Concerning the Judgment

How does trinitarian theology address the idea of the Judgment? How does it understand verses like Daniel 12:2, which says, "Multitudes who sleep in the dust of the earth will awake: some to everlasting life, others to shame and everlasting contempt."  If all, in Jesus, are included and forgiven, why this prophecy about some receiving "everlasting contempt"?

And what about the similar statement in 2 Thessalonians 1:6-9: “God is just: He will pay back trouble to those who trouble you and give relief to you who are troubled, and to us as well. This will happen when the Lord Jesus is revealed from heaven in blazing fire with his powerful angels. He will punish those who do not know God and do not obey the gospel of our Lord Jesus. They will be punished with everlasting destruction and shut out from the presence of the Lord and from the majesty of his power.”

These and other passages of Scripture speak of the Judgment that occurs when Jesus is “revealed” (sometimes referred to as the Second Coming or Jesus’ “return in glory”). At that time, all humans will see clearly who Jesus is and thus who they are in union with Jesus. And this “revealing” presents them with a choice—will they say “yes” to their inclusion in Christ, or will they say “no”?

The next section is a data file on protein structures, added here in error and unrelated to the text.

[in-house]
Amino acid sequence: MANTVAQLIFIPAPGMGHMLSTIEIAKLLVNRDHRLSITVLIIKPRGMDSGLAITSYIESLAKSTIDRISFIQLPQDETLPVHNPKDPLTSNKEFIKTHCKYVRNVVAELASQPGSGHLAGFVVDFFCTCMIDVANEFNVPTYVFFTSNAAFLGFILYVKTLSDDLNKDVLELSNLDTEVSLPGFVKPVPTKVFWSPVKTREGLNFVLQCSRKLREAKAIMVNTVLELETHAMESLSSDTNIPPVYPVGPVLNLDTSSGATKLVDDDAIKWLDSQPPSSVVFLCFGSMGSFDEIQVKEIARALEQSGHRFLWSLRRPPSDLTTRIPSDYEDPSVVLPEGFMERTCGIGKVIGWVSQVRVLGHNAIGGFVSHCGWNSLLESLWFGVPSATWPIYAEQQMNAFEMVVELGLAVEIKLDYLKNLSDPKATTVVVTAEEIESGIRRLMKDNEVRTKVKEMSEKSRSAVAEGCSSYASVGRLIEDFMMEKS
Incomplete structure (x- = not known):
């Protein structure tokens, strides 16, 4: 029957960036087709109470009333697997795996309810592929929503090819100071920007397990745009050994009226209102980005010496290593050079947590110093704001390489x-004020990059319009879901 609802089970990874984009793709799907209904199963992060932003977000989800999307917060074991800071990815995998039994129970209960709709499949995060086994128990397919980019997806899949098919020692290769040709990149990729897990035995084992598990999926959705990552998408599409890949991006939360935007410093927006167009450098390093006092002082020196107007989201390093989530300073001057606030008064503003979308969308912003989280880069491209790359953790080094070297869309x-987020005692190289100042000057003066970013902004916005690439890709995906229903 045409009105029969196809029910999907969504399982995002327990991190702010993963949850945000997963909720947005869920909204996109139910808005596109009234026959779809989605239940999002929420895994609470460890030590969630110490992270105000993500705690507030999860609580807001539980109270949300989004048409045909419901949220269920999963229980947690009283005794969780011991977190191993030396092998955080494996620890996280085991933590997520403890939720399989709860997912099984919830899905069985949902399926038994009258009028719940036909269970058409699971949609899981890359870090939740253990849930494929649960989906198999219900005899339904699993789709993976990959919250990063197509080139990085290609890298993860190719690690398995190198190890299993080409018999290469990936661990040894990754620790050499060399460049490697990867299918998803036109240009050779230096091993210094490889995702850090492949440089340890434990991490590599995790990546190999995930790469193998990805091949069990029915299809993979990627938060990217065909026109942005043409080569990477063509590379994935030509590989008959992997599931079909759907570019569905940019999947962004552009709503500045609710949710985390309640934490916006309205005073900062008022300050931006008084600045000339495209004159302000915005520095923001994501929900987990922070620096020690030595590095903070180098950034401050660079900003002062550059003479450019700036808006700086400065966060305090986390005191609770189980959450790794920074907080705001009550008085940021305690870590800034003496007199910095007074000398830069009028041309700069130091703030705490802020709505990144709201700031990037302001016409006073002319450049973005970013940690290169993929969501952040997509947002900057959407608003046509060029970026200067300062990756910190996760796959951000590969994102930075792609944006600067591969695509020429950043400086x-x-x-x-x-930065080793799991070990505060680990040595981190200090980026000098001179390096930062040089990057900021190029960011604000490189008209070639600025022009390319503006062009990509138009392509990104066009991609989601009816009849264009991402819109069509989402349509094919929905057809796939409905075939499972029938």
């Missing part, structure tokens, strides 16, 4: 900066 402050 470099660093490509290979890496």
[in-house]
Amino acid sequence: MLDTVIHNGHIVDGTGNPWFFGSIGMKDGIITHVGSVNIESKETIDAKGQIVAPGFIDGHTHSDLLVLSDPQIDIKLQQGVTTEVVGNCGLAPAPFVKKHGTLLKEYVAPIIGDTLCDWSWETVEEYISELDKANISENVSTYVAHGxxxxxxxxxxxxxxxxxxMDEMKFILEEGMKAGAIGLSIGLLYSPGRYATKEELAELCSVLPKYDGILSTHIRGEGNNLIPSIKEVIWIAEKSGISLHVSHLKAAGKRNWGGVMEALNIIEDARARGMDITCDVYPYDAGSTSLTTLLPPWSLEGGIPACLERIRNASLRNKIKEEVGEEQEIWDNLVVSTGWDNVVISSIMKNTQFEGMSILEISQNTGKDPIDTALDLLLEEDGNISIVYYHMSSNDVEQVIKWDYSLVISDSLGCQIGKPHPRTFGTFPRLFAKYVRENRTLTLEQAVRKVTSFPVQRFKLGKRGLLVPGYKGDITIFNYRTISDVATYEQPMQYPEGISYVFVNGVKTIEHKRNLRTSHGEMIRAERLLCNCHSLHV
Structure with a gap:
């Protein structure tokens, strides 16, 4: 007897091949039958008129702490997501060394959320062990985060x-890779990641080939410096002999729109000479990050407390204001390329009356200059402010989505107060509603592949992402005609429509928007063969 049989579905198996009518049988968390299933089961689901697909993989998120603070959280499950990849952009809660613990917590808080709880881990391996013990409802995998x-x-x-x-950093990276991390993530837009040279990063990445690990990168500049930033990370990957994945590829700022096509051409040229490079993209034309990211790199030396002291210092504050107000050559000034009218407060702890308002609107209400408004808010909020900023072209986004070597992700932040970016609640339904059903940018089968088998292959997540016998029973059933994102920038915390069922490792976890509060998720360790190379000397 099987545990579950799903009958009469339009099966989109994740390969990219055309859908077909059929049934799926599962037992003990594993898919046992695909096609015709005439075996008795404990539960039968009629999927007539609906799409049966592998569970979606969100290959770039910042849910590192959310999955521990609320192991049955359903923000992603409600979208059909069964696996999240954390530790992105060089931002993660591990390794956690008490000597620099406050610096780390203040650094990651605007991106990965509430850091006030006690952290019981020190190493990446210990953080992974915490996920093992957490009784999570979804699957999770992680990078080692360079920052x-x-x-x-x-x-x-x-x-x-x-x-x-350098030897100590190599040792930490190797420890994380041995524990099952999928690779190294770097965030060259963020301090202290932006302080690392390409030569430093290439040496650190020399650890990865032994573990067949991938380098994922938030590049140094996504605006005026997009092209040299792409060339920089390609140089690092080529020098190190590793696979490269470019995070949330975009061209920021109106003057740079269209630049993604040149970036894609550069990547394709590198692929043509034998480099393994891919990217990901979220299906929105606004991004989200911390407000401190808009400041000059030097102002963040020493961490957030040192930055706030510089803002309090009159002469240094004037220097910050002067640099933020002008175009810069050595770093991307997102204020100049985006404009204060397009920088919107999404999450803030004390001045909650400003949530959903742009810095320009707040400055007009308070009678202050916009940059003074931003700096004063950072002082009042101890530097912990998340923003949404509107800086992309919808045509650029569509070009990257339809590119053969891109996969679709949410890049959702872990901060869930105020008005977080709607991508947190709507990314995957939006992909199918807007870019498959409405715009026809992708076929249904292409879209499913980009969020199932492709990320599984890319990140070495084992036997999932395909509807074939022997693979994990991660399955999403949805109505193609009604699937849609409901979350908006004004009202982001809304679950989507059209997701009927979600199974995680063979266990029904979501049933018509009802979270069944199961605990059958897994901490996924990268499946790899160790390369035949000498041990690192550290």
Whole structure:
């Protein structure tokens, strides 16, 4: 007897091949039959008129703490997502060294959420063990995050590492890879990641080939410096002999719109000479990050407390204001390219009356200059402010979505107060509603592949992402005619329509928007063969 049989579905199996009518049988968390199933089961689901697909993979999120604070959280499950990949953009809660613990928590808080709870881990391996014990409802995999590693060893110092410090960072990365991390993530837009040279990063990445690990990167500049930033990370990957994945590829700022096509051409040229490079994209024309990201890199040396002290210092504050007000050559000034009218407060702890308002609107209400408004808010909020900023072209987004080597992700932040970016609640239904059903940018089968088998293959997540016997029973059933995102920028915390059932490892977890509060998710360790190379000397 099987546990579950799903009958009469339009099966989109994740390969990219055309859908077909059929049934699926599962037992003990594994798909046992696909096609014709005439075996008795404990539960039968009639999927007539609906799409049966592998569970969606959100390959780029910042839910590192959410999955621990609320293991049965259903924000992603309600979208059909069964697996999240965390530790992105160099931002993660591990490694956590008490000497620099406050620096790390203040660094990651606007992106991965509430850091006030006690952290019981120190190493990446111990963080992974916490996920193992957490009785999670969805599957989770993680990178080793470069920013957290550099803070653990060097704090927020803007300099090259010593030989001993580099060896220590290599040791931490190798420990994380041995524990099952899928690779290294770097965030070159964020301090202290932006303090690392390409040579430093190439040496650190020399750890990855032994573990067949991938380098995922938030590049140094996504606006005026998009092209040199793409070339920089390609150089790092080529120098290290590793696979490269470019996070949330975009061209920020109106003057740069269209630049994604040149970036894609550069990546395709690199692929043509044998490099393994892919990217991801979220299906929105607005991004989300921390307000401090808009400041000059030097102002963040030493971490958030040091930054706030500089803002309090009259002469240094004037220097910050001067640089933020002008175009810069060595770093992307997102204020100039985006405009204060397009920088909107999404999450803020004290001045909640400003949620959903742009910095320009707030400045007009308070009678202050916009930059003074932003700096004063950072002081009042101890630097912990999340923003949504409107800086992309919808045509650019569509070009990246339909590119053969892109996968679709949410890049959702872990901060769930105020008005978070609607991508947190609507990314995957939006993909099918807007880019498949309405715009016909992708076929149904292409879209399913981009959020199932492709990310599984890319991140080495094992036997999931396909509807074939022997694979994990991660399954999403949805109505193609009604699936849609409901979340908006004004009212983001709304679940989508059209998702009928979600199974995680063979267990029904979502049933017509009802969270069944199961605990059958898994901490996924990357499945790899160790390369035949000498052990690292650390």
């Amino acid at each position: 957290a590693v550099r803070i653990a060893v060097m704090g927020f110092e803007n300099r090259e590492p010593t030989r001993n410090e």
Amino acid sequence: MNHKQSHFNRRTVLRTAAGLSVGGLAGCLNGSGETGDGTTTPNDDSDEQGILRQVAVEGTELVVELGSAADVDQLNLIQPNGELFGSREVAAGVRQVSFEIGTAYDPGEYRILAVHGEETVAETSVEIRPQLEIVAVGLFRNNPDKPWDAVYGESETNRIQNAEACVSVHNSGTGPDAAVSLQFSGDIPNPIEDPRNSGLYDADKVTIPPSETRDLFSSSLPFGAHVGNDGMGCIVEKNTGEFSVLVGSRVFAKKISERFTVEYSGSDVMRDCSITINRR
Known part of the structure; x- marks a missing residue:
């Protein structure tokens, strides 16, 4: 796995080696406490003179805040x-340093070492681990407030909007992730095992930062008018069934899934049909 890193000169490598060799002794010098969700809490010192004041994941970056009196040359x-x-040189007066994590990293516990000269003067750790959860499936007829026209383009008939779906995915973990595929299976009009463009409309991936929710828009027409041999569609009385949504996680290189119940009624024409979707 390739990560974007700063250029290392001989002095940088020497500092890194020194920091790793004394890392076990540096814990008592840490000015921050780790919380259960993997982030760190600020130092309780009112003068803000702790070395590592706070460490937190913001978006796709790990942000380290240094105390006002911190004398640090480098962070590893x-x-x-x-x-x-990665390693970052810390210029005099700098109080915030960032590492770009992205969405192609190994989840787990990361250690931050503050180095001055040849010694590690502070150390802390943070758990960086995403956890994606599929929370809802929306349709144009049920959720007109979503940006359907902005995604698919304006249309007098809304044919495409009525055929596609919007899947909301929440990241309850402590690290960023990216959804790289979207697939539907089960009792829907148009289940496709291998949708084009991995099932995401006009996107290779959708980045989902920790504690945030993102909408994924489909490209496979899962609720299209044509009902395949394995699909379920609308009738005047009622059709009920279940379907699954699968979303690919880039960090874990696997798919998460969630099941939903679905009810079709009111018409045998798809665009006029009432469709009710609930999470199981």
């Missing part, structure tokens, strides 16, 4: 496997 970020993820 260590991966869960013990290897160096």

Their decision neither creates nor destroys their union/inclusion, but it does determine their attitude toward it—whether they will accept God’s love for them and enter the joy of the Lord, or continue in alienation and frustration (and thus in shame and everlasting contempt and destruction). The destruction is a self-destruction as they refuse the purpose for which they have been made, and the redemption that has already been given to them.

In the Judgment, everyone will face Jesus, the Judge who died for all, and they will have to decide whether they will trust him. Those who trust their Savior take part in the joy of the life that God has given them in Christ. Those who reject him continue in their hostility and the hell that goes with it